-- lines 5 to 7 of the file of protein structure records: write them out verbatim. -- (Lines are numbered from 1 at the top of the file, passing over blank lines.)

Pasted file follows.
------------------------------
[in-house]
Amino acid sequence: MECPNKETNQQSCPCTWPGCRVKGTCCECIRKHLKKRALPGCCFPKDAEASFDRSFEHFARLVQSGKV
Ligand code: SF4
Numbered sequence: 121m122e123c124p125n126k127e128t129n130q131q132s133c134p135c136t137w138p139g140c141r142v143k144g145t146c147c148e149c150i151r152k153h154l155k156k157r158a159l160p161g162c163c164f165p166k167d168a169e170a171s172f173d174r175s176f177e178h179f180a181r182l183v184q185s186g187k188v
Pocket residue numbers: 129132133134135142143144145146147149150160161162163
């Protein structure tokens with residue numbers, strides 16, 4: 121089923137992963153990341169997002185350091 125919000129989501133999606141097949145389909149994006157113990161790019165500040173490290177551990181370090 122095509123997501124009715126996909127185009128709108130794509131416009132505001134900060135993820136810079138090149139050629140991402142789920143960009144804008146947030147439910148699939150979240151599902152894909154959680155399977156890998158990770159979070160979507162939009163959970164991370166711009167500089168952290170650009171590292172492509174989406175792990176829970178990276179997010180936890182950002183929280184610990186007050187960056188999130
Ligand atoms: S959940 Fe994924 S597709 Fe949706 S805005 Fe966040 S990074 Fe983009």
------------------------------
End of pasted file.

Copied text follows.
Pocket residue numbers: 129132133134135142143144145146147149150160161162163
């Protein structure tokens with residue numbers, strides 16, 4: 121089923137992963153990341169997002185350091 125919000129989501133999606141097949145389909149994006157113990161790019165500040173490290177551990181370090 122095509123997501124009715126996909127185009128709108130794509131416009132505001134900060135993820136810079138090149139050629140991402142789920143960009144804008146947030147439910148699939150979240151599902152894909154959680155399977156890998158990770159979070160979507162939009163959970164991370166711009167500089168952290170650009171590292172492509174989406175792990176829970178990276179997010180936890182950002183929280184610990186007050187960056188999130
Ligand atoms: S959940 Fe994924 S597709 Fe949706 S805005 Fe966040 S990074 Fe983009």